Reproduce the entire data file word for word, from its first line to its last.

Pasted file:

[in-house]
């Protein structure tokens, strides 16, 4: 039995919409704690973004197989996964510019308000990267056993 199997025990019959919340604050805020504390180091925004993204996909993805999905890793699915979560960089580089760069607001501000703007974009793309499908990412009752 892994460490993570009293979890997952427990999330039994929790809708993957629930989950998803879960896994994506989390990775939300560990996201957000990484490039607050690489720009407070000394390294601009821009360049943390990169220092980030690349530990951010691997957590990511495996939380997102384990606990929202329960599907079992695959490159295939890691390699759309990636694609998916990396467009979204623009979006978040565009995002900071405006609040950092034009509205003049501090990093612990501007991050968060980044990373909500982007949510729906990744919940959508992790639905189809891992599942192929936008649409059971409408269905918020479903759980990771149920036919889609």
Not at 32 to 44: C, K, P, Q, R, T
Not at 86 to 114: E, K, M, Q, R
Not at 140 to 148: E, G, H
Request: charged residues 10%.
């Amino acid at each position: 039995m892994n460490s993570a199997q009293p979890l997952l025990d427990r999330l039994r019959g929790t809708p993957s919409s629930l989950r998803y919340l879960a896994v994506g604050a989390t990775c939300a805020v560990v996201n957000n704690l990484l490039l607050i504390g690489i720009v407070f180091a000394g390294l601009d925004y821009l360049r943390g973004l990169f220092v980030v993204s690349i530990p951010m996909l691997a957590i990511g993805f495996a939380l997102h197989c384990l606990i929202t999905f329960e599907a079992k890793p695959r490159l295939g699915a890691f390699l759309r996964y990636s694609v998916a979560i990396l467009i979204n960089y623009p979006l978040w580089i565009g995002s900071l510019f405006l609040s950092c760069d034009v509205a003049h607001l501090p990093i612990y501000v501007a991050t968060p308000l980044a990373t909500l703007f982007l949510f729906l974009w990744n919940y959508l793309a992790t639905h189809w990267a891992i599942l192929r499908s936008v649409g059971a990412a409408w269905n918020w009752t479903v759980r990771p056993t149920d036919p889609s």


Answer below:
[in-house]
């Protein structure tokens, strides 16, 4: 039995919409704690973004197989996964510019308000990267056993 199997025990019959919340604050805020504390180091925004993204996909993805999905890793699915979560960089580089760069607001501000703007974009793309499908990412009752 892994460490993570009293979890997952427990999330039994929790809708993957629930989950998803879960896994994506989390990775939300560990996201957000990484490039607050690489720009407070000394390294601009821009360049943390990169220092980030690349530990951010691997957590990511495996939380997102384990606990929202329960599907079992695959490159295939890691390699759309990636694609998916990396467009979204623009979006978040565009995002900071405006609040950092034009509205003049501090990093612990501007991050968060980044990373909500982007949510729906990744919940959508992790639905189809891992599942192929936008649409059971409408269905918020479903759980990771149920036919889609």
Not at 32 to 44: C, K, P, Q, R, T
Not at 86 to 114: E, K, M, Q, R
Not at 140 to 148: E, G, H
Request: charged residues 10%.
């Amino acid at each position: 039995m892994n460490s993570a199997q009293p979890l997952l025990d427990r999330l039994r019959g929790t809708p993957s919409s629930l989950r998803y919340l879960a896994v994506g604050a989390t990775c939300a805020v560990v996201n957000n704690l990484l490039l607050i504390g690489i720009v407070f180091a000394g390294l601009d925004y821009l360049r943390g973004l990169f220092v980030v993204s690349i530990p951010m996909l691997a957590i990511g993805f495996a939380l997102h197989c384990l606990i929202t999905f329960e599907a079992k890793p695959r490159l295939g699915a890691f390699l759309r996964y990636s694609v998916a979560i990396l467009i979204n960089y623009p979006l978040w580089i565009g995002s900071l510019f405006l609040s950092c760069d034009v509205a003049h607001l501090p990093i612990y501000v501007a991050t968060p308000l980044a990373t909500l703007f982007l949510f729906l974009w990744n919940y959508l793309a992790t639905h189809w990267a891992i599942l192929r499908s936008v649409g059971a990412a409408w269905n918020w009752t479903v759980r990771p056993t149920d036919p889609s």